The headline of George Monbiot’s latest opinion piece in The Guardian reads: ‘Stop eating fish. It’s the only way to save the life in our seas.’ We’ve seen our share of terrible headlines, but this one is “Dewey Defeats Truman” bad.
When wrong information about fisheries and sustainability is promoted in mainstream press, it is usually a passing reference to an old fishery myth or a misunderstanding of what fully-fished means. Sometimes we ignore the misinformation, sometimes we email the author, every so often we begrudgingly become reply-guys on twitter, but rarely have we ever felt compelled to write an entire blog.
Presenting an ‘opinion’ that has little to no factual backing is presenting something in bad faith—a dishonest tactic meant to gaslight the public and hijack civil discourse. Hiding falsehoods behind “I’m just stating an opinion” can also be dangerous. Calling out these bad faith opinions is an important part of functioning democratic societies so here we are: a fact-check of every statement made by Monbiot.
- The majority of fisheries are sustainable.
- The greatest threat to our oceans is warm water caused by excess carbon in the atmosphere. A quarter of biodiversity in the ocean is found on coral reefs which are being hit extremely hard by warming-induced bleaching and ocean acidification. Few commercial fisheries impact coral reefs.
- This is a correct statement. Systemic change is necessary to reverse climate change and create more sustainable food and agriculture policies.
- This is a willfully ignorant interpretation of the UN biodiversity report. The report summarized the number of animals listed as vulnerable, endangered, and critically endangered.
- Note that bony fishes have lowest percentage of threatened species though sharks and ray are concerningly data-deficient.
- It is factual to say that most of the declines of marine animals were caused by overfishing, but it is not factual to say marine life is declining more than terrestrial life.
- I would also point out to Monbiot that fish reproduce differently than most other animals. Rebuilding a fish population is much easier and faster than rebuilding nearly any other kind of animal population on the planet. No marine fish has ever gone extinct due to fishing, and it would be very unlikely that one did.
- The way that fishing quota is divided up can be an equity issue, but Monbiot makes no mention of how quota was originally divided. Unjust fishing quota distribution is bad, but concentration can also happen when smaller boats sell their quota to larger boats. Generally, fishing quota is a safe, sustainable way to manage fishing.
- Vilifying fishing for using a quota management system is ridiculous.
- Having fishing quota concentrated makes management easier as there are fewer actors to regulate.
- Wealthy countries stealing fish from poor countries is a travesty and one of the worst examples of injustice in the seafood industry.
- Bycatch is an unfortunate part of fishing and certainly led to the depletion of several species, like sea turtles. However, bycatch peaked in 1989. Since then, fishery management has been much more proactive about preventing bycatch. Sea turtle populations have been significantly increasing for a while, according to the latest data.
- All food has environmental costs. Food from fishing costs the lives of some charismatic megafauna like albatrosses and dolphins, but food from terrestrial agriculture is usually more impactful! Wild-caught fish is, by far, the lowest impact animal protein people can eat.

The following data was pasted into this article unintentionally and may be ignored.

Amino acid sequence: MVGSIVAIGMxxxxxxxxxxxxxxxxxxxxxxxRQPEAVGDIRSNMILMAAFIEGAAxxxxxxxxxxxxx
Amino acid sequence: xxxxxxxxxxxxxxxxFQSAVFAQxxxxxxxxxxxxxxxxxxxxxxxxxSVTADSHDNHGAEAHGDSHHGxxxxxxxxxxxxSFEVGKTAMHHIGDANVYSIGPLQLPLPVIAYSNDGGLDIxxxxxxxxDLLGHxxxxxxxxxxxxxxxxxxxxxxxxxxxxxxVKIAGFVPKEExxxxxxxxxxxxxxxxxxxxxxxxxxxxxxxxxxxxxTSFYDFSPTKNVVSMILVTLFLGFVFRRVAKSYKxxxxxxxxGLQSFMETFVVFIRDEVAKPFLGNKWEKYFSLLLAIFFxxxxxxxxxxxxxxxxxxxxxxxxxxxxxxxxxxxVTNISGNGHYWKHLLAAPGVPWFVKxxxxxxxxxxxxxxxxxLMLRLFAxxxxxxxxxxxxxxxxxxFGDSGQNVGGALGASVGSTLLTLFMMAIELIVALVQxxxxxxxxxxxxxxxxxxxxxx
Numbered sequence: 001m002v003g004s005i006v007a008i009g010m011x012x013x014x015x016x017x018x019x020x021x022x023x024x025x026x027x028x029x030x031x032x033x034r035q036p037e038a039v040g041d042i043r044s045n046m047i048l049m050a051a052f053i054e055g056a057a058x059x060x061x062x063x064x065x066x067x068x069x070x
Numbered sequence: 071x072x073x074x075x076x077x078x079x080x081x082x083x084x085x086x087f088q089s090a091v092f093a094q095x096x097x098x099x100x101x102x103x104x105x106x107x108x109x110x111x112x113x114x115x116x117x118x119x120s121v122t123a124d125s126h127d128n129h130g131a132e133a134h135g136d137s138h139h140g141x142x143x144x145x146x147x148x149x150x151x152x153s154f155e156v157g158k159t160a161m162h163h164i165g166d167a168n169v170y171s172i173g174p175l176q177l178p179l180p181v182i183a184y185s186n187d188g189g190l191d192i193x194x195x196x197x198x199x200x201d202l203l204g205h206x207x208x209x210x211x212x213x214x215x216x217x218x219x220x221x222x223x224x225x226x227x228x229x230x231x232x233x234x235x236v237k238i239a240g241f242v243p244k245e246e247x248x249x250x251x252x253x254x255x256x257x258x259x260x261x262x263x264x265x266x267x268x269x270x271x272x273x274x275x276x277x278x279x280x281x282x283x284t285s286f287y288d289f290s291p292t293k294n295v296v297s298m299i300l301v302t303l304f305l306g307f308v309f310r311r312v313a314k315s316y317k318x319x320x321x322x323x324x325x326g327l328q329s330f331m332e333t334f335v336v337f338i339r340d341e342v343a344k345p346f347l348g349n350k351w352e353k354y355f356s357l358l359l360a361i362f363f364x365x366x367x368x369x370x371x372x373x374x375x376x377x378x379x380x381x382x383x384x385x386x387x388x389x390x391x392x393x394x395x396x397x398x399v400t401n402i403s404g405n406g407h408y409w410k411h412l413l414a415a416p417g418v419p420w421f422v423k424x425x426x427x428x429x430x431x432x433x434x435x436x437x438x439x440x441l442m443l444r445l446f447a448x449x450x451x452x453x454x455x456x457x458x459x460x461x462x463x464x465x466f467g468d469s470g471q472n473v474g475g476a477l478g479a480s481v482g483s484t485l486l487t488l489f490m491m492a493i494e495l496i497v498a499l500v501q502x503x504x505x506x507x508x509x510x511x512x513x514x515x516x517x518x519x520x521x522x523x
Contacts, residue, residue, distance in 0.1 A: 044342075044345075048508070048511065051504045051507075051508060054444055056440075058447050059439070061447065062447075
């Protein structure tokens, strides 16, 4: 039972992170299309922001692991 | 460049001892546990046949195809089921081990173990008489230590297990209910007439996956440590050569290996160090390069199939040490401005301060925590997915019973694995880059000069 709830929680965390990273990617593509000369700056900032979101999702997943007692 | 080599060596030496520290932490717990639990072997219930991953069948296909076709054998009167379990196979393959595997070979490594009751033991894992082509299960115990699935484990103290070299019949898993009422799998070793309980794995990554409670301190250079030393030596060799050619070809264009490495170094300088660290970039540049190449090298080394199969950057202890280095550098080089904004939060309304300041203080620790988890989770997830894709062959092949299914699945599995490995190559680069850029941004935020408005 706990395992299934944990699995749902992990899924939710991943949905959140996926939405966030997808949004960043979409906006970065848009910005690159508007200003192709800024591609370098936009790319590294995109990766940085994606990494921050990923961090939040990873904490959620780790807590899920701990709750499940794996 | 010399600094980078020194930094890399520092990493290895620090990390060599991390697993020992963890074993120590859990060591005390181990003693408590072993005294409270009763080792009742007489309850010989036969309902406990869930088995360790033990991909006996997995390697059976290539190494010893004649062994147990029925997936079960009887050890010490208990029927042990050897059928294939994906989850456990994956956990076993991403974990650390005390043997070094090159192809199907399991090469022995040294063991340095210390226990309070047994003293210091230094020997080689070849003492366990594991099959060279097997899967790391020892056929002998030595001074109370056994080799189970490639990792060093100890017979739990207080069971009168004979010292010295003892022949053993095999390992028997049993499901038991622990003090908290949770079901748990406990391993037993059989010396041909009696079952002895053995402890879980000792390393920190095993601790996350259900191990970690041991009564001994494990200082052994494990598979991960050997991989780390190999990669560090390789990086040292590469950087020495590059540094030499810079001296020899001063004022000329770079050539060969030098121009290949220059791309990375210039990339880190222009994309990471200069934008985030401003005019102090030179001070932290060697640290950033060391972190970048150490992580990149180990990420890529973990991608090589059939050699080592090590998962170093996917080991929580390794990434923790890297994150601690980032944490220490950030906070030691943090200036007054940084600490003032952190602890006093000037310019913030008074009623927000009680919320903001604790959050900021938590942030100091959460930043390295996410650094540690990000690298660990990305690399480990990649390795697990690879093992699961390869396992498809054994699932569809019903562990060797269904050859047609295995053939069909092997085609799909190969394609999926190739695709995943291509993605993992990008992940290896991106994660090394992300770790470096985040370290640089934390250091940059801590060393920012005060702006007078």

- If aquacultured fish and prawns were fed plant-based feed instead of fishmeal, the environmental impact would be higher.
- Longlines have a higher bycatch rate than many other kinds of gear, but again, the counterfactual here is how many animals would be lost if we produced that food on land? The answer is much more. Terrestrial agriculture has caused more extinctions than any other human activity since civilization started.
- 33% of fisheries are unsustainable, while 67% are fished sustainably. Most of the largest fisheries are managed sustainably so the amount of sustainable consumed seafood by weight is much higher than 67%. A rough estimate would say that around 82% of consumed seafood is sustainable.
- I am not an expert in EU or UK fisheries, but Griffin Carpenter is and here is what he said about Monbiot’s take:
On fisheries policy, the state of play is that fish populations in the EU are increasing, but not fast enough to reach the 2020 deadline in the CFP and not at all in the Med. Still, that's *increasing*, which is not the impression you get from the article. https://t.co/kdOz6XrdJf— Griffin Carpenter (@gwcarpenter) May 9, 2019
- Closing the high seas to fishing is a hotly debated topic in fisheries. We have featured 2 different discussions among scientists on our site, one involved the paper he mentions and another is on how high seas fishing contributes to food security.
- The spillover effect has been observed in very small MPAs, but evidence is very limited that the spillover effect happens in large MPAs. Large MPAs are typically a waste of time.
- If you really want to make a difference, get informed and trust science and expertise over the opinion of George Monbiot.
I ran out of steam there at the end. Here are the main takeaways:
- Bad faith arguments are bad.
- Opinions without factual backing are bad.
- Protecting biodiversity is good.
- Seafood provide low-impact protein to the world. Replacing seafood with plant-based protein would cost the world far more in deforestation and biodiversity loss than not fishing.
- Fishery management tools work: We don’t need to close the oceans, we just need to improve management and use proper tools. This is not necessarily an easy or simple solution, but there are several examples of fishery improvements thanks to improved management.
Have a great weekend everybody!